Here’s a fun way to incorporate your 20% base into a nice martial training session.

Bodybuilders: Martial Arts Training Involution #182

  • Bodybuilder HIIT.  After a full 8:00 warm-up, set a timer for  10 x 1:00 rounds (10 minutes total).  Square off against your heavy bag and get after it will malice for the full minute.  When the timer beeps, knock out as many Bodybuilders as you can for the minute (most folks get between 5 and 7).  When you gas out, take a 12-count break before you start your Bodybuilders. This should put your total Bodybuilder count somewhere around 20% – 30 % of this month’s 100-count goal.
  • Reflection.  Set a timer for 10:00 and assume your meditative posture of choice.  Regulate your breathing.  Spend ten minutes reviewing your training — not verbally but emotionally and visually.  Look at your training in your mind’s eye.  Don’t think in words but in images.  Have you been forging your mettle?  Are you ready for the 100 Bodybuilder challenge?

If you enjoyed his training involution you’d probably enjoy my books.  Why not check one out?

Mettlecraft Month is Here!

Well, it’s that time of year again — Mettlecraft Month at Cabal Fang.  Remote students of Cabal Fang past and present — please play along and share your progress in the comments and/or share videos of yourself facing the challenge!  

What’s the challenge?  In addition to constitutionals twice per week our goal this month is to complete…

100 Bodybuilders in under 20 minutes ( or as fast as you can).

The plan at the club in Richmond is to work our way up to 50 or 60 Bodybuilders and then rip off the band-aid at the final meeting of the month on Tuesday, 11/26.  And it should go without saying that anyone — remote or local — who wants to make multiple runs at the challenge over the course of the month is welcome to go for it anywhere or anytime!

For this month’s constitutional, click here.  My Wednesday martial arts video is below.

Now get moving!


Ice and Fire: Martial Arts Training Involution #181

Rountree’s “The Powhatan Indians of Virginia” contains a wealth of information and is surprisingly fun to read for a scholarly work of its kind.

My frontier lifeways research continues to pay dividends for both the Bobcat Frontier Rough ‘n’ Tumble program and for Cabal Fang martial arts.

A Powhatan warrior, I’ve discovered, was expected to be silent and taciturn when beaten for a criminal offense and, if tortured, his only outcry should be insults directed at his captors.

The Powhatan began at a very early age to inure themselves to discomfort.  In Rountree’s The Powhatan Indians of Virginia, I read that they took  daily, early morning baths in the nearest natural body of water, regardless of the season — men, women and children alike.  They told the English that they did it for two reasons – both to keep them clean and to harden them to the cold.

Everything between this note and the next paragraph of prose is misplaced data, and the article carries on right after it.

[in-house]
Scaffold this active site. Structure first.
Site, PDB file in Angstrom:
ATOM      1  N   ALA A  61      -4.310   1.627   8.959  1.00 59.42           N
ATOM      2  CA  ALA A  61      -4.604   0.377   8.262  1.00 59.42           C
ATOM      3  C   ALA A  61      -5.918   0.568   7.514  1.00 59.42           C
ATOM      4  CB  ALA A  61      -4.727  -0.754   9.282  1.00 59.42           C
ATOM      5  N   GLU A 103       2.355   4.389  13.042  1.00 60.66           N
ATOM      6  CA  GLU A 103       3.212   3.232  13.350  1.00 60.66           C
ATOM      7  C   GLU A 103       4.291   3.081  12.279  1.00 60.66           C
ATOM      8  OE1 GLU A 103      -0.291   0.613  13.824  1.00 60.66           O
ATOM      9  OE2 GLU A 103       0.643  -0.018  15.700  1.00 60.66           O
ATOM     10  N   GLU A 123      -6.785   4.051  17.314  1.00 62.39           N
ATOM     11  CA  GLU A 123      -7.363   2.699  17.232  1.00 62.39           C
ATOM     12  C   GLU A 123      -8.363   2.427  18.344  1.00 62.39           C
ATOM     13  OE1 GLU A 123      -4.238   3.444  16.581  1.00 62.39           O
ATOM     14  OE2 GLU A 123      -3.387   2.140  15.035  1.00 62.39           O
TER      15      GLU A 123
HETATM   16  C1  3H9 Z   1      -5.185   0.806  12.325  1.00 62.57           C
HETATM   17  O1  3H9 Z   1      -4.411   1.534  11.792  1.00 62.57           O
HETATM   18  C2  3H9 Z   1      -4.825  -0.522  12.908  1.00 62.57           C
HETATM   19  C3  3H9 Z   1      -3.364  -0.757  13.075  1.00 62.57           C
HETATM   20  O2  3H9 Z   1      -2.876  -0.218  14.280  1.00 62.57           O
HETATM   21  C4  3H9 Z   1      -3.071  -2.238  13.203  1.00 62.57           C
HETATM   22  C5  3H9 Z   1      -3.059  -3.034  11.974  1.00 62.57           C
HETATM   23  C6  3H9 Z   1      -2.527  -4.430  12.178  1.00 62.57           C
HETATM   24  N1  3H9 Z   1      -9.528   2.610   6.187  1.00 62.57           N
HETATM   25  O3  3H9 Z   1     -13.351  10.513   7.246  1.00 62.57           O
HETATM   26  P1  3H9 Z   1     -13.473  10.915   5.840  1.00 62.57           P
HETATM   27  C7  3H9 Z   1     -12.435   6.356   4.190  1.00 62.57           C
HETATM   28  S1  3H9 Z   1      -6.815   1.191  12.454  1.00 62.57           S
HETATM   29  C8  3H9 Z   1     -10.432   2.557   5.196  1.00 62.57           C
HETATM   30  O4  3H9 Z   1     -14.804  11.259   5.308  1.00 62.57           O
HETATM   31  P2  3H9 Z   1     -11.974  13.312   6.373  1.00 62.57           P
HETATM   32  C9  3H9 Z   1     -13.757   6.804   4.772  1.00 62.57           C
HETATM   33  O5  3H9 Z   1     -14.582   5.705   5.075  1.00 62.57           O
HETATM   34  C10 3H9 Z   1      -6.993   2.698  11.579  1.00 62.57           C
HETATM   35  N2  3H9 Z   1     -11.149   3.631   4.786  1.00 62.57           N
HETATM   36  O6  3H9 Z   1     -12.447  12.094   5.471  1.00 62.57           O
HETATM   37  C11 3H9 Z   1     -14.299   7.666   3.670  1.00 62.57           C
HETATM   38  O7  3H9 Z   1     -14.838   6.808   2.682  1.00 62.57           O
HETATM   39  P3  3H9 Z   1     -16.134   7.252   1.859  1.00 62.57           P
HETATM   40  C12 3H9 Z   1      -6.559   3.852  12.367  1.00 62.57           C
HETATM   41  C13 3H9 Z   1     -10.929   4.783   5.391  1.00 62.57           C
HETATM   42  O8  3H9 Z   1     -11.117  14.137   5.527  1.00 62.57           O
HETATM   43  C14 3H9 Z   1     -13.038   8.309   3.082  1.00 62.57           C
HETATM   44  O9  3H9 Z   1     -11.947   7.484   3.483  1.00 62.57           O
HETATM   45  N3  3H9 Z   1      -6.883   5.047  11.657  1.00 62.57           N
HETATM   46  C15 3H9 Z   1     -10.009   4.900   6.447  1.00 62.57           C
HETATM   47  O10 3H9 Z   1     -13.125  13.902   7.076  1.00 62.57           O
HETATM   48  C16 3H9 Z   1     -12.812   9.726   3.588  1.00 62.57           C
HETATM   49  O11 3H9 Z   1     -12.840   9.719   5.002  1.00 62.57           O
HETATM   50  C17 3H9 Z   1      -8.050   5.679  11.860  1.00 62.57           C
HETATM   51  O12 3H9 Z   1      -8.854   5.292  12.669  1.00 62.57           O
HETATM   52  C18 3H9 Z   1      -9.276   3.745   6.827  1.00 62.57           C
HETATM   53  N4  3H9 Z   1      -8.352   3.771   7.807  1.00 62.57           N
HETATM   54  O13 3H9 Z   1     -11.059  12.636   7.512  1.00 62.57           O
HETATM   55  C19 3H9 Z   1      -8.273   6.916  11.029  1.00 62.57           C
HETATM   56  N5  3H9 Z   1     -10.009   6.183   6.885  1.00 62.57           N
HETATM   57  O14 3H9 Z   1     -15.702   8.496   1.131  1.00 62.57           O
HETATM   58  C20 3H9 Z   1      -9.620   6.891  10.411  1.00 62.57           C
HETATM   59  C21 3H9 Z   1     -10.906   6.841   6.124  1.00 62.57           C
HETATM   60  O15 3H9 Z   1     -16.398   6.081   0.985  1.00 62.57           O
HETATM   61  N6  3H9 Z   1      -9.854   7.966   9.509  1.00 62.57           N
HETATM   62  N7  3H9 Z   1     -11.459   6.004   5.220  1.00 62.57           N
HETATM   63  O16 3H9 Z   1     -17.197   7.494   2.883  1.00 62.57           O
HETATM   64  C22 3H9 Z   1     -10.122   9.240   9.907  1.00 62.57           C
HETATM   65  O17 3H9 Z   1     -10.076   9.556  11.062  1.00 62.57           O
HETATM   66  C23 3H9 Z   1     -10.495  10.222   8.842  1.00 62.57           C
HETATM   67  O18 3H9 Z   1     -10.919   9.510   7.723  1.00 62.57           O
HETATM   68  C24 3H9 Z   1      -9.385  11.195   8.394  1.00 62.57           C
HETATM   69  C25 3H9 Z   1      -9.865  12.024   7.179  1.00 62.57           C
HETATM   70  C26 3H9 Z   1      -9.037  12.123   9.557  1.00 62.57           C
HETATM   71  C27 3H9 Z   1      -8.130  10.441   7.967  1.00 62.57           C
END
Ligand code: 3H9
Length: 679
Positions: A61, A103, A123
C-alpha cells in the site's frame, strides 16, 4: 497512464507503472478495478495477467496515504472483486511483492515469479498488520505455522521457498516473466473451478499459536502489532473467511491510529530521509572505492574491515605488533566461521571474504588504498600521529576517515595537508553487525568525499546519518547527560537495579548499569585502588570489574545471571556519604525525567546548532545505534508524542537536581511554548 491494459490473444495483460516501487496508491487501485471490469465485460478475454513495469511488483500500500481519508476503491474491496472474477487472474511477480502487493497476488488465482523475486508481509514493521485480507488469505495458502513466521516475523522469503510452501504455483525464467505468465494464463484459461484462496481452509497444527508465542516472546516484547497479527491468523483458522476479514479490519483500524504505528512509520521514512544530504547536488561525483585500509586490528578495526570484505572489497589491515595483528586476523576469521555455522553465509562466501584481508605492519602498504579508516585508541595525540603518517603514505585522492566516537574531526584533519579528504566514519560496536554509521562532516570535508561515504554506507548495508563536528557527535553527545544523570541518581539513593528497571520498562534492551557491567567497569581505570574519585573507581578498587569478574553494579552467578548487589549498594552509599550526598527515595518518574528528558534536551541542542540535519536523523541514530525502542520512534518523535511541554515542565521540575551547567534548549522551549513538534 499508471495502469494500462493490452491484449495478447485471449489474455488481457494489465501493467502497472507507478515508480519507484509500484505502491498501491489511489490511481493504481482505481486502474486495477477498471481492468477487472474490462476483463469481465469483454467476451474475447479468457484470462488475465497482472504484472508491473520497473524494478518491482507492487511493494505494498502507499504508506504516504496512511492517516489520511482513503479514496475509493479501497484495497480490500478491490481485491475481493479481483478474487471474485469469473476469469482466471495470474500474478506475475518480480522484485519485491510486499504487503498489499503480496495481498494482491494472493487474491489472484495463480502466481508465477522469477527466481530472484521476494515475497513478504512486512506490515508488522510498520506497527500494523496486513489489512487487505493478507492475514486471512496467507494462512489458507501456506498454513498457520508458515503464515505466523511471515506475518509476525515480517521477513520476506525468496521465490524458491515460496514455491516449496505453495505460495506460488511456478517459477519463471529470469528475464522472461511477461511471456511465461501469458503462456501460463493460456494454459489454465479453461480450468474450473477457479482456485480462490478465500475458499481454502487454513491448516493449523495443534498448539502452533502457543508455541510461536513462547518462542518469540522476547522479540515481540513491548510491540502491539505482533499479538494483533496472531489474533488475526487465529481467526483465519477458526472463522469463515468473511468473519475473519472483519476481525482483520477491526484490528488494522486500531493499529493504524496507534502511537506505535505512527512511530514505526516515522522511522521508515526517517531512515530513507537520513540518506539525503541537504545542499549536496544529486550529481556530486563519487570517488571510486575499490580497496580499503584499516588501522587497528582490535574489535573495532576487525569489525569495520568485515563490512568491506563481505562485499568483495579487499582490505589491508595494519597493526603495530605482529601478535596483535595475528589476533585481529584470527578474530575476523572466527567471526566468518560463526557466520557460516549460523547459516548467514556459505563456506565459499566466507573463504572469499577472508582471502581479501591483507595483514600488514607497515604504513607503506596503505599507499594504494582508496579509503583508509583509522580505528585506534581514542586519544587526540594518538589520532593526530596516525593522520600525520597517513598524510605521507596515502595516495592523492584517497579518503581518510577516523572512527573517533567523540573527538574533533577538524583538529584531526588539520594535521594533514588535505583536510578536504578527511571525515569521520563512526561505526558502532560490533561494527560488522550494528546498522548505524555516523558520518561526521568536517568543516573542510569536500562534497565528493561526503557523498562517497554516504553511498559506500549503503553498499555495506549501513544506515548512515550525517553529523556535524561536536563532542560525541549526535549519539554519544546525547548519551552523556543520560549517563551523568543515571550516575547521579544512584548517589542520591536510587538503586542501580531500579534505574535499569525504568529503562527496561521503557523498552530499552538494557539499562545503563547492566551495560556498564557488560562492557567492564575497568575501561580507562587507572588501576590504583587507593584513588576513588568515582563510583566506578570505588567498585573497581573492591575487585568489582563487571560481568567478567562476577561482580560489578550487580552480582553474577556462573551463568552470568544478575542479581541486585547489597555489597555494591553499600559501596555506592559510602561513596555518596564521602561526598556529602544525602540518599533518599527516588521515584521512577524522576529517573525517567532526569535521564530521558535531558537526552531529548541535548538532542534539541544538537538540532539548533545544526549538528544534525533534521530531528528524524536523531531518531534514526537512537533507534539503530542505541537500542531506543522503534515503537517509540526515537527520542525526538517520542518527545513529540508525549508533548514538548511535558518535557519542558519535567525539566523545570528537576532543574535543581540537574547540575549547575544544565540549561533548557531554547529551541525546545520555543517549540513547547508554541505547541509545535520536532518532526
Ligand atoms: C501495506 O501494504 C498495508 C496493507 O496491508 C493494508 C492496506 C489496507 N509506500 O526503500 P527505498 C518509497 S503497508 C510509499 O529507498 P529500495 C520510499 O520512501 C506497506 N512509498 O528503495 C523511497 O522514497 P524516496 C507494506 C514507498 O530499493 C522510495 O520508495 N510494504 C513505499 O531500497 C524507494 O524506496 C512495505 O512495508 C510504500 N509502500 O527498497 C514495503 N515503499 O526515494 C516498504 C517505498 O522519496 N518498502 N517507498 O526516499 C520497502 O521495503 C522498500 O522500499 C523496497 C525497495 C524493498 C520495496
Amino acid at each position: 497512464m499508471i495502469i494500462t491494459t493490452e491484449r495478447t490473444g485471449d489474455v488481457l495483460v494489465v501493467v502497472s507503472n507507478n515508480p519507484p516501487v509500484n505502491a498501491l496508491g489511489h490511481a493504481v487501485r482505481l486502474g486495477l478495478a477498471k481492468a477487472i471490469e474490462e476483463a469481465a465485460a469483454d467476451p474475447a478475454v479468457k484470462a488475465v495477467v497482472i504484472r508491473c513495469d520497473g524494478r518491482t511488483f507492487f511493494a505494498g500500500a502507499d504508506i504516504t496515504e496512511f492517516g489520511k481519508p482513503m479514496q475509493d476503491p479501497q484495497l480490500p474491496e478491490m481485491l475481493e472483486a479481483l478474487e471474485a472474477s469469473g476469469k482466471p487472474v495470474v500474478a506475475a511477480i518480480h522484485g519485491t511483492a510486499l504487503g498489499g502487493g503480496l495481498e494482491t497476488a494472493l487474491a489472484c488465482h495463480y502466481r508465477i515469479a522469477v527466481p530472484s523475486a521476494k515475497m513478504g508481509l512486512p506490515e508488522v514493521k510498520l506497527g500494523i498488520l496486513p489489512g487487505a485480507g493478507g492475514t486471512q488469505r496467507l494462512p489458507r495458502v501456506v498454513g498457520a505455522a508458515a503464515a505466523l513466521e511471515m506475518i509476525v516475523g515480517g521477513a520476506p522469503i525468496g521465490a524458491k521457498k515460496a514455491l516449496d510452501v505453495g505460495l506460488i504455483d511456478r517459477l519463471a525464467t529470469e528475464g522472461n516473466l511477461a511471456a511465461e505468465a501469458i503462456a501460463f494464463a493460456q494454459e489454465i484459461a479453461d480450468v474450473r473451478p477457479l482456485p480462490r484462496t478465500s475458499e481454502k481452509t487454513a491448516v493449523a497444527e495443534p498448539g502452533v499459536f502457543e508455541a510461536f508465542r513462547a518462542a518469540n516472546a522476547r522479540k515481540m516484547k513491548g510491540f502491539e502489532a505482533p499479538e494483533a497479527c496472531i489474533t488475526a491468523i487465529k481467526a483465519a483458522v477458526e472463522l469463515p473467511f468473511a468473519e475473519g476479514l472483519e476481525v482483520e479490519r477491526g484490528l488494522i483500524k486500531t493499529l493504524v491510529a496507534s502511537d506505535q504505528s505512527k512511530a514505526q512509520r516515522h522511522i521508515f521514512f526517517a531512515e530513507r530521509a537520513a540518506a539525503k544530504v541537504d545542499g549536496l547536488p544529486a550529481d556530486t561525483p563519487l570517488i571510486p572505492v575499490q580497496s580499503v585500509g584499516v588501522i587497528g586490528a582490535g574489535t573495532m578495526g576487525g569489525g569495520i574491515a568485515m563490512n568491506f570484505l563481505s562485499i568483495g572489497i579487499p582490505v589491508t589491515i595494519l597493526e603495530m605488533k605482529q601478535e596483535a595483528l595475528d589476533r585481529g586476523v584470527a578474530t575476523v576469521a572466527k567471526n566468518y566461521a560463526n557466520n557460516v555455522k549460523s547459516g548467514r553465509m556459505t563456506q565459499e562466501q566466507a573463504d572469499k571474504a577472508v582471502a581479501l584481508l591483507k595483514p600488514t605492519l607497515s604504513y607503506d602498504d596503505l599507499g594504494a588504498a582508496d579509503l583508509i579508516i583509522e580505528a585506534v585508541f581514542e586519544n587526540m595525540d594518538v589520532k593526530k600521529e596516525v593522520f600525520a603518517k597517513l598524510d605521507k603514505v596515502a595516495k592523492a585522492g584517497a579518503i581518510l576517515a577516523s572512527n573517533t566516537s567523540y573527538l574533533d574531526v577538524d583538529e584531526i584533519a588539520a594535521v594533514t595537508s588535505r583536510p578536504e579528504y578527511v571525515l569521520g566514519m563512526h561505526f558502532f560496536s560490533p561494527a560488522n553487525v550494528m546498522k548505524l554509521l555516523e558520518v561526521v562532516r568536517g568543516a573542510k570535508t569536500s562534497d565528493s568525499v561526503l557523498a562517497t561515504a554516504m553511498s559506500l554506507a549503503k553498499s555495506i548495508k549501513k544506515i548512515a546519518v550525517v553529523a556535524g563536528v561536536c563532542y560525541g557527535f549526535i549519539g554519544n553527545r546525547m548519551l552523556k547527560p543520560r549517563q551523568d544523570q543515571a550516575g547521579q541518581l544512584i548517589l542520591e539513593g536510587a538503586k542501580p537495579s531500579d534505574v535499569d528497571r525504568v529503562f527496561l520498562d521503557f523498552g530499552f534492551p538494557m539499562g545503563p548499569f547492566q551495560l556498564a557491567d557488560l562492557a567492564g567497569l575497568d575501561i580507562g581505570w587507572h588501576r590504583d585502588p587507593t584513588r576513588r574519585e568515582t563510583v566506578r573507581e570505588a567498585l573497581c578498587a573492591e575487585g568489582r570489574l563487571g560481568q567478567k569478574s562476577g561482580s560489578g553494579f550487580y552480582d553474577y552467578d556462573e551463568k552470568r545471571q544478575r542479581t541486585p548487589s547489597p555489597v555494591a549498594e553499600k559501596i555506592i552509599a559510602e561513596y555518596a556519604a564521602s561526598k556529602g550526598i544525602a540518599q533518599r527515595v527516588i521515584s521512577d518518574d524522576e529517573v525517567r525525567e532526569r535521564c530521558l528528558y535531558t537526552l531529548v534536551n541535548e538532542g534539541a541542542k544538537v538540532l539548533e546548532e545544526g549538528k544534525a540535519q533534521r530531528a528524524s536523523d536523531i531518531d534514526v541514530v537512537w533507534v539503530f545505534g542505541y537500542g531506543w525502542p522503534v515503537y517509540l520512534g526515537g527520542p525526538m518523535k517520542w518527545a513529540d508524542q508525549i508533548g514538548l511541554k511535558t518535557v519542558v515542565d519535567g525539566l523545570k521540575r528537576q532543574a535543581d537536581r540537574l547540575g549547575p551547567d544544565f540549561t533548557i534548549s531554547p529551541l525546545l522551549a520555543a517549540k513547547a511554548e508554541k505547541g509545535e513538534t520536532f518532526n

More indigenous training methods will appear in future Bobcat training modules — but some of them are so brutal that they will have to be modified, adapted, or even replaced with alternative analogs to make them compatible with modern sensibilities.

Stoicism — indifference to pain and discomfort — is an often-neglected martial skill.  It’s difficult to train safely and there’s a fine line between pain tolerance training and masochism or torture. Traditional martial artists use body toughening techniques like shin rolling, makiwara and wooden dummy training to instill pain tolerance. This is why in Cabal Fang we stress the importance of the forging post.

All of this leads us nicely to ice method of pain tolerance training — the “ice” in this week’s “Ice and Fire” training involution.

Ice and Fire: Martial Arts Training Involution #181

  • Ice.  Half fill a large pitcher with water and ice.  Set timer for 3 mins and plunge your open hand into it to test pain tolerance.  Do not squirm, make faces, or utter a sound.  If you can’t go the full 3 mins, practice daily until you can. Note: As shown in Mythbusters episode #142, holding a hand in ice water for ≤ 3 minutes is safe for people with no precluding health issues.
  • Fire.  Complete the following martial calisthenics: 50 Lunges (Drop Duck-under-style), 50 Reverses (Back Bridge to roll over), 25 Sit-out Push-ups, 25 Bear Walks (5 yards each), 50 Shots, 50 Sprawls, and 50 Sit-ups (from Bottom Scissors while thigh-squeezing a floor bag).  Beginners, do half.
  • Extra credit.  3 minute cold bath or shower.  Set timer and get in.  Do not squirm, make faces, or utter a sound. Tip: Meditate, contemplate, pray, or do what I do to pass the time: recite wisdom literature in your head.  My favorites are Matthew 6: 1-4, Philippians 4:4-9, The Lord’s Prayer, and the Emerald Tablet.

If you enjoyed his training involution you’d probably enjoy my books.  Why not check one out?

Martial Arts Compliant Calisthenics

Click here to download!

I haven’t always done a perfect job of practicing my calisthenics in a”martial arts compliant” fashion.  I just sort of trusted that if I did my calisthenics I’d stay fit.  And to some extent that’s true.  From Sparta to Parris Island, calisthenics have always been the way to get human beings fit to fight.

But as I get older I simply cannot afford to throw sweat at the wall and see what sticks.  I just don’t bounce back after high volume training sessions like a used to.   To stay powerful and healthy I need to maintain intensity while cutting total volume.

That means I need to get maximum bang for every drop of sweat expended. That’s called efficiency.  And there’s nothing wrong with you being efficient either.

So what I’ve started doing with much more consistently is making my calisthenics “martial arts compliant.”  See video below.